The following is a guest post from Ben Carlson at A Wealth of Common Sense. Ben writes about personal finance, investments, investor psychology and using your common sense to build wealth.
Shareholder Yield: A Better Approach to Dividend Investing by Mebane Faber, answers one of the most often asked questions in investing today – “Where do I find yield”? Academic research on the topic of dividend investing is fairly well-known at this point (especially to loyal Dividend Ninja readers). Dividends make up a large portion of the total returns for stocks over the long-term. By some estimates reinvested dividends account for more than half of total returns in the stock market.
Unfortunately, the number of companies that pay dividends on a consistent basis has decreased in the past few decades. Companies have also decreased the amount that they pay to shareholders.
In the 1970s and 1980s the dividend yield on the S&P 500 averaged over 4%. The average yield since 2000 on the S&P has hovered around 2%.
One of the biggest reasons for this trend is the fact that companies are using their cash flows in different ways to increase shareholder value.
Increasing Shareholder Value
There are three main techniques that companies can use to increase shareholder value through the use of cash flows: (1) Dividend payments, (2) Share buybacks or (3) Debt repayment.
The book Shareholder Yield: A Better Approach to Dividend Investing by Mebane Faber takes a deeper look into each of these different strategies. Shareholder Yield has some great historical information on dividends and their effect on the stock market. This is a thorough and well researched book.
There’s also some background information on why more and more companies have decided to make the switch to share repurchases over dividends. Companies now spend more money on share repurchases than the amount of cash flows paid out as dividends, so it makes sense to see if those companies have been adding value through these buybacks.
The first part of the book was tasked with figuring out if there was a difference in stock performance between companies that utilized each of the three measures to increase shareholder value. The author took a look at the three different strategies and actually found similar stock return results from each.
What’s the Best Measure of Yield?
Over a 30 year period, stocks with the highest dividend yields (represented by the top quartile of all dividend paying stocks) returned over 2% more per year than the market over that period. The risk-adjusted returns were much better than the market as well.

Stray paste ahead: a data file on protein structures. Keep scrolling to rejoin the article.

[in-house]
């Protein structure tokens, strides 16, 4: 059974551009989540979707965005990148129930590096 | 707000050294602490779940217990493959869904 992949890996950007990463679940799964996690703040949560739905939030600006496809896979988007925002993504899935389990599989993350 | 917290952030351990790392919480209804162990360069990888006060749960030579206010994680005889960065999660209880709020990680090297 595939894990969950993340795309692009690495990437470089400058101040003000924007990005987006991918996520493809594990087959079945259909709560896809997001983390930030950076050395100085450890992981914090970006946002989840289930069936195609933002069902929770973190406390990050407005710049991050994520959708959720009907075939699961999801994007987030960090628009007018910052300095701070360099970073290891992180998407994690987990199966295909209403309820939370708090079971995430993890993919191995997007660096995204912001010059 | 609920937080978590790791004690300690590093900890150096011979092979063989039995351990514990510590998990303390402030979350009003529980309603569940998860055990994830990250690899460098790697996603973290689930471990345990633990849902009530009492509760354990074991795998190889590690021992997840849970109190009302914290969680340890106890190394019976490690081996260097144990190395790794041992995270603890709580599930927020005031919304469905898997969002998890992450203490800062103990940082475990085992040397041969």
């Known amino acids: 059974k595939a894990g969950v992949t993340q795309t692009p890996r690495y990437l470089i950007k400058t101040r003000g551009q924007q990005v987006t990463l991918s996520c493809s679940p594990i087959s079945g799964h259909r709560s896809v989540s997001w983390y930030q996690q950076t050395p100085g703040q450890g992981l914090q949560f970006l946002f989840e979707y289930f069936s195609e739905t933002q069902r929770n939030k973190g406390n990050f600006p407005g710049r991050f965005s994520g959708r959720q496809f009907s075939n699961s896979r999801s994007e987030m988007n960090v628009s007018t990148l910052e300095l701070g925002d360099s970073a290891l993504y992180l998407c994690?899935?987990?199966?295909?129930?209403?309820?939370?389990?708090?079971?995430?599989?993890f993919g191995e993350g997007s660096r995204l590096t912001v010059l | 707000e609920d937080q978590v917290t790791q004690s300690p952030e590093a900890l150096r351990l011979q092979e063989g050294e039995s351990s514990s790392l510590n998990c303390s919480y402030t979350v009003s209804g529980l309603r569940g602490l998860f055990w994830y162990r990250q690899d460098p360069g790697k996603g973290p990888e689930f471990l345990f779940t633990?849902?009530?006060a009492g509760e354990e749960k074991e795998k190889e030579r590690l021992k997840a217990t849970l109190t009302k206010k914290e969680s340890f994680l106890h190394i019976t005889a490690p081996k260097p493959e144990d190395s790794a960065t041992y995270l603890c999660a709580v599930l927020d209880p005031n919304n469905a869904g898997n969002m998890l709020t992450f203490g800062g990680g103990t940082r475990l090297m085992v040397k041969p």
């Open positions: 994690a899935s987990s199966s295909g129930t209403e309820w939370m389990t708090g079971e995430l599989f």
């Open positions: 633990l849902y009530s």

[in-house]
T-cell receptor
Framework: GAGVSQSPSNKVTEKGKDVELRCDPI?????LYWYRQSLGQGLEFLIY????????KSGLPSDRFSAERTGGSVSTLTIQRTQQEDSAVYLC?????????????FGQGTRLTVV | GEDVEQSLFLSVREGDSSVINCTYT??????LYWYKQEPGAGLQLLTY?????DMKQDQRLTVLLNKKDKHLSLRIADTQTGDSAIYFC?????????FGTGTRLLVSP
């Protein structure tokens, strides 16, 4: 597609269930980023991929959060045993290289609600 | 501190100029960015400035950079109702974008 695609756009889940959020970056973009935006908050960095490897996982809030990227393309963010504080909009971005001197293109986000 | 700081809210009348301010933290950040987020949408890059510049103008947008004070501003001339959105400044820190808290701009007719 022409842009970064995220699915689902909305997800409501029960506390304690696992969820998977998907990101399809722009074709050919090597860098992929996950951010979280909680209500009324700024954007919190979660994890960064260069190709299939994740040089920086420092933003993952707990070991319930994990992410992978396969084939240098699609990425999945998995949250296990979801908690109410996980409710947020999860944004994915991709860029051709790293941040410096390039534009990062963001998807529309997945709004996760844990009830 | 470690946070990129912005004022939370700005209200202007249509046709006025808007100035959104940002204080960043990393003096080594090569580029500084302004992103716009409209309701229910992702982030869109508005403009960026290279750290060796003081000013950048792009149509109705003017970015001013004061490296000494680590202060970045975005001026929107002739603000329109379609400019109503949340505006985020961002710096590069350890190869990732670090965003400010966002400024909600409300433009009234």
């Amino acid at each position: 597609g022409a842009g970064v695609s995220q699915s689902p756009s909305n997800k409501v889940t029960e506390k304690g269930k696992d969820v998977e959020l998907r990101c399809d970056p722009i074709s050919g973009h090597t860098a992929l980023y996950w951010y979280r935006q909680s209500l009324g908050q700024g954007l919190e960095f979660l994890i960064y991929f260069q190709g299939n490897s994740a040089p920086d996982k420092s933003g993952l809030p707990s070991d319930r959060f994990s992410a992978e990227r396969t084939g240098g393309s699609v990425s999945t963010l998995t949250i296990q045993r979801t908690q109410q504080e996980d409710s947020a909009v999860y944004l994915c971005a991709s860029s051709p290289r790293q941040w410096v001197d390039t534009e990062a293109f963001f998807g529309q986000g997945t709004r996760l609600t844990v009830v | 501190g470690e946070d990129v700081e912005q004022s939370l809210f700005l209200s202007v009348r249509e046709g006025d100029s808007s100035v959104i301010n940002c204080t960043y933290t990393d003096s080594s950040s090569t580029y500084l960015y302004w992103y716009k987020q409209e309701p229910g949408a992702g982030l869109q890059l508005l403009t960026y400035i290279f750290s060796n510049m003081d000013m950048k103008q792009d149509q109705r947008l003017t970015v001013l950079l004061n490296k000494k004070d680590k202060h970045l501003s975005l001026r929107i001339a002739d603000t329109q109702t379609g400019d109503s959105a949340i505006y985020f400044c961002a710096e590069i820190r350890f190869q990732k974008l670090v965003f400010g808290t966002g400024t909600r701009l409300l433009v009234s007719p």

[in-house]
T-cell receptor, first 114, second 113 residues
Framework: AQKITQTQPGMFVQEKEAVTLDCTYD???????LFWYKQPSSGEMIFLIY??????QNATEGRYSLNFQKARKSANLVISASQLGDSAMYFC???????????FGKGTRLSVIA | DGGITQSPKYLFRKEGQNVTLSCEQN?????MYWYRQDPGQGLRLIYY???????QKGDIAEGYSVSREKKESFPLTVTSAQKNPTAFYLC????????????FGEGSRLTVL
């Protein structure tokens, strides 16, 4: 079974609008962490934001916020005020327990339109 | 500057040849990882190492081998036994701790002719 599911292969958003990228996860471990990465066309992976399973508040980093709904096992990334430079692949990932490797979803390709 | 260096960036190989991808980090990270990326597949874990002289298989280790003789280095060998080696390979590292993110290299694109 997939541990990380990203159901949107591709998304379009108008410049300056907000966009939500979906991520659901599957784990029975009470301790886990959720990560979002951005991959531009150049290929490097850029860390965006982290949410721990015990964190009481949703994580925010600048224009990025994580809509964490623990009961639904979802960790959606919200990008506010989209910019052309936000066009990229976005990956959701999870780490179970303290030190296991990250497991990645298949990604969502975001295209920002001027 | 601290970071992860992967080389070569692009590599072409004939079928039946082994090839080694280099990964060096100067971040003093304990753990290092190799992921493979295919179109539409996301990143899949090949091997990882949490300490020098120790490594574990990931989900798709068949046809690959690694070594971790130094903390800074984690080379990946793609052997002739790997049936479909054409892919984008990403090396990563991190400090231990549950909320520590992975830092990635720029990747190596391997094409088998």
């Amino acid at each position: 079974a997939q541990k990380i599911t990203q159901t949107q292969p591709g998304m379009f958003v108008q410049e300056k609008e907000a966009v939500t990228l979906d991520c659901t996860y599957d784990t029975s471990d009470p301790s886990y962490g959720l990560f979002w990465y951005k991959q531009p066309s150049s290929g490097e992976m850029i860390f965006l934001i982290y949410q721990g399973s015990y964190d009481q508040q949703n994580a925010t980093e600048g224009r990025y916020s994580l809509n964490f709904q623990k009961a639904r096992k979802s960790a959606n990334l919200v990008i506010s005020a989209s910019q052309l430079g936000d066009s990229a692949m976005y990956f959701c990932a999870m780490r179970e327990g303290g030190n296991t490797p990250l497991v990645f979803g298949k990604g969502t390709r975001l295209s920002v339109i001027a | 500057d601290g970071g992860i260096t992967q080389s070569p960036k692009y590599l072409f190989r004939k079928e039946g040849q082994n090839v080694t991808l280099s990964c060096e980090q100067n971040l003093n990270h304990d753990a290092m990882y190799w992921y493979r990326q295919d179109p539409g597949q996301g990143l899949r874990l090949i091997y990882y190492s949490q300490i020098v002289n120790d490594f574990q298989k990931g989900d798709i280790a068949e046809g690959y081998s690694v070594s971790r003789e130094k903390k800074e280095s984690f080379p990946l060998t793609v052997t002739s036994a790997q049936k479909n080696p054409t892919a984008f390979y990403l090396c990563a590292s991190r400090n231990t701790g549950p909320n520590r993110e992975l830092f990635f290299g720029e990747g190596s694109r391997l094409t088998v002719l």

Buying companies with the highest net buyback yield had very similar return numbers as these stocks also beat the market by over 2% in the 30 year period. It’s interesting to see that increasing EPS numbers through buybacks had a similar result as issuing dividends.
The last way to improve shareholder value is by paying down debt. This makes sense since cash flows and financing costs can be freed up to be used elsewhere in the business. Companies that had the highest net debt paydown yield also beat the market by over 2% a year in the same time frame.
Faber wanted to know what would happen if you fused each of these three metrics together in what he termed shareholder yield. Shareholder yield is defined as dividend yield + net buyback yield + net debt paydown yield.
When all three value added activities were used to find the stocks with the highest shareholder yield, the strategy beat the market by over 4% over the same 30 year period. So shareholder yield was the clear winner over simply looking at companies with the highest dividend yields, share repurchases or debt repayments individually.
Takeaways For Dividend Investors
The two alternate approaches don’t put income in your pocket, so dividend investors may be reluctant to look at these other yield measures.
At the very least, this book should expand your investing universe as a dividend investor. It could open you up to a number of interesting new names that you may have missed by only looking at companies on a dividend yield basis. Those companies that have a high net debt paydown yield could also be future candidates for paying solid dividend yields when the debt is fully retired.
Even if you don’t decide to use this new yield metric, this short book (it’s only about 50 pages) is worth your time. It’s full of stats and gives a really great historical perspective on dividends. The breakout of data about how much dividend paying stocks provide in total returns in both bubble and bust markets was especially interesting.
Also, the increased relevance of share buybacks and why they are now so prevalent is very important for understanding today’s markets.
If you don’t want to figure out how to calculate this new yield measure, Faber has a list of websites that allow you screen for the highest shareholder yield. For those interested in a diversified approach to using shareholder yield, Faber has created an ETF (ticker: SYLD) that puts this strategy into practice.
You can buy Shareholder Yield: A Better Approach to Dividend Investing on Amazon for about $5 (Kindle version). It’s well worth it for those interested in dividend stock investing or those that would like to learn more about the factors that influence shareholder value.